Death always reveals character. It brings everything to the surface, you understand. And in the case of Jesus’ death this is certainly the truth. In Jesus’ death, you see, we learn something very important about the character of God. Let’s just think this through for a minute, shall we? You’re God and you are having a tough time with your beloved creation. So you send down the Messiah, your Son, the divine light who will transform the world and reconcile humanity to you. Jesus comes into the world. From the moment of his birth, it seems, he has a target on his back. Nonetheless he fulfills his mission. He teaches, he preaches, he heals, he performs miracles. He tells us to be people of love and he attacks the hypocritical power brokers who keep the people in ignorance and poverty. He does all these things and for his troubles he is murdered. You’re God. What is your response? Luckily we are not actually God, and we know God’s response. God’s response is grace. Specifically God’s response is the grace of this day. Grace is what this day is about, grace in the face of all our sin and anger and anxiety. God responds to this mess with grace.
I see grace at funerals all the time and when I see it I am always stunned by its beauty. I saw it not that long ago. I was doing a graveside service for a woman I did not know. She had wanted something brief and simple but sometimes the living don’t want things to be too brief and simple, so I asked the gathering if anybody had anything they would like to share about her. Several people piped up and then I remember a man said he had something to share. He was an older man, well into his 70s if not his 80s, and he said this, and I’m paraphrasing, “When I was a young man, I saw her and I was in love with her instantly.” He smiled, and then he kept going, “And I think she was in love with me for about 6 weeks.” Everybody laughed. He continued, “but then she moved on.” He paused. “She was a special lady.” And that was it. That was all he had to say, but it said so much. It was such a beautiful moment and he had been carrying those words around with him for so long.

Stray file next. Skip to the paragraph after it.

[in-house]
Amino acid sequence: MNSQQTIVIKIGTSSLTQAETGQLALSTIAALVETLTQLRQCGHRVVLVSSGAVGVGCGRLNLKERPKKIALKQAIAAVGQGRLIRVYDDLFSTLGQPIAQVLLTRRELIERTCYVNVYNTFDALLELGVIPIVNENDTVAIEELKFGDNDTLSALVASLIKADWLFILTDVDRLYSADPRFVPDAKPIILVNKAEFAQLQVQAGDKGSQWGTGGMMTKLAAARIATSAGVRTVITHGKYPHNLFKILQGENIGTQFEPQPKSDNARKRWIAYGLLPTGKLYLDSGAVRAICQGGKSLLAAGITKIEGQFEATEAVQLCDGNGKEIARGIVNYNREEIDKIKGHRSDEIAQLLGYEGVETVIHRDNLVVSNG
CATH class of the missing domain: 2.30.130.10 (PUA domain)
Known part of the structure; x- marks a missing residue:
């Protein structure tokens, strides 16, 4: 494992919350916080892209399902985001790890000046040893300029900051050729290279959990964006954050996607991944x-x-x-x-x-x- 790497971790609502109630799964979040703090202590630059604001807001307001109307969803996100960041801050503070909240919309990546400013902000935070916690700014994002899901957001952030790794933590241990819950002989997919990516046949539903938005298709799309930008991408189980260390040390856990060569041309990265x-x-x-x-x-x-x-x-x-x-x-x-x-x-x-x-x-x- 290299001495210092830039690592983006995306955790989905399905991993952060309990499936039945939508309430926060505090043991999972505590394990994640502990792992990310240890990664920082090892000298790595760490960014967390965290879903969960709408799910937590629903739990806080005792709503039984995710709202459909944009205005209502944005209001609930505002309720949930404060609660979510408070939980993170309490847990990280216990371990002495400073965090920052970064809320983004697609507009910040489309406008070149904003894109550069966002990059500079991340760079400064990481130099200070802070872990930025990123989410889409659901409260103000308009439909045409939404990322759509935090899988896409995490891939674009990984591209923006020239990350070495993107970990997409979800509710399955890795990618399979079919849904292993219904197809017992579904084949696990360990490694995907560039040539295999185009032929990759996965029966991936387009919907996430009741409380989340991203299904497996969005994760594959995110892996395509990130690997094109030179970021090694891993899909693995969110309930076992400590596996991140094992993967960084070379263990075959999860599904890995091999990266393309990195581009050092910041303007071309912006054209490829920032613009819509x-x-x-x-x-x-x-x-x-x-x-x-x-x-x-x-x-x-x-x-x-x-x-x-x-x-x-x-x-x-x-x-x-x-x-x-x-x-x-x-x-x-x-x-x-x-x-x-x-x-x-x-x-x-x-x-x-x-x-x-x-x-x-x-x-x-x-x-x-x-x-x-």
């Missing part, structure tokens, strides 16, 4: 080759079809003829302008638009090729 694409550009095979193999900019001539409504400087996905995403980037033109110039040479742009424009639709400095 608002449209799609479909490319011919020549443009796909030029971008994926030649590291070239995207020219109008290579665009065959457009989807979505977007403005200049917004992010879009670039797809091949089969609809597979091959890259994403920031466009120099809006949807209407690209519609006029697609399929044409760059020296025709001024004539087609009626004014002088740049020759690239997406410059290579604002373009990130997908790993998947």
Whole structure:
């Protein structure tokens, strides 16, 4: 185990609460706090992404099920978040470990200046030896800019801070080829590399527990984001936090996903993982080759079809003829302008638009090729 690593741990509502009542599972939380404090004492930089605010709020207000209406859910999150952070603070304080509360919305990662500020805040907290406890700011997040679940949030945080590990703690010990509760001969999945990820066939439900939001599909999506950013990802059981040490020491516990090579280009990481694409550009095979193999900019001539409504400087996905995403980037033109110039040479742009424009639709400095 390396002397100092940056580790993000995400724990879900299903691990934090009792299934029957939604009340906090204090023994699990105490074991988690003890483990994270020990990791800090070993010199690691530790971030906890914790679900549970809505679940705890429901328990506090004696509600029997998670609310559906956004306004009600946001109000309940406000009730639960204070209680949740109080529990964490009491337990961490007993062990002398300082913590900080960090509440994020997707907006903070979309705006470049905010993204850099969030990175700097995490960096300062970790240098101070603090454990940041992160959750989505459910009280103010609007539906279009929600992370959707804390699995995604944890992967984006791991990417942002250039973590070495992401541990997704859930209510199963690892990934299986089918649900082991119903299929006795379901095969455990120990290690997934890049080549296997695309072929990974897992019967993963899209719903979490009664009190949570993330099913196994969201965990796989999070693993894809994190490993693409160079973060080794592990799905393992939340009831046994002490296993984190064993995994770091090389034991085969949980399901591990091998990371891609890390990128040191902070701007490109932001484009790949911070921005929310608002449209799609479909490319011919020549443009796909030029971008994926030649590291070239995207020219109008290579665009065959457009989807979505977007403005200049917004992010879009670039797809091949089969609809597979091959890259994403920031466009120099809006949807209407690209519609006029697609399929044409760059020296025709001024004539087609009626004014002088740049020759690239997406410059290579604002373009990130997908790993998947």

I saw her and I was in love with her instantly. God loves us that way, you know. It’s not a fleeting thing. It never has been. The arc of history bends toward the love of God. God’s love is a love that is all consuming, which shapes God’s presence in this world and in our lives. God’s love was embodied for a time in this world by Jesus Christ, and now it is supposed to be embodied by us. God saw us and loved us instantly. And we, well, we loved God for about 6 weeks. Our love is not so perfect or so enduring. Our love of God comes and it goes, it ebbs and flows. Sometimes it burns white hot and sometimes it is barely kindled if at all.
But the story of Easter reminds us of something important and vital. It reminds us that God is not a God of vengeance and wrath. God is not a God of vendettas and grudges. God is a God of grace. Grace! Do you understand? Grace. God stands here today, looking at you from the span of history looking at you, and says to you through the resurrection of Jesus Christ, “you are special.” You are special in spite of it all, in spite of your failings and sins, in spite of your grudges and your waning passions, in spite of it all, you are special. That, my friends, that is grace. That is Easter. That is who you are.
That man I buried in Scotland, whose mother would not speak to me, I am sad to say I have forgotten his name. It is lost to me, but it is not lost to God. And what fills me with joy and hope is that this Easter Sunday, this grace which you and I experience this day, it was not just for you and me. It was for him too. It was for him in the midst of his demons which drove him to death, the grace of God, the love of Jesus, the empty tomb, it was all for him too.
There was a funeral Friday, but today, today there is a resurrection and that tomb which was left empty so long ago has filled this world with the grace of a loving God. Amen.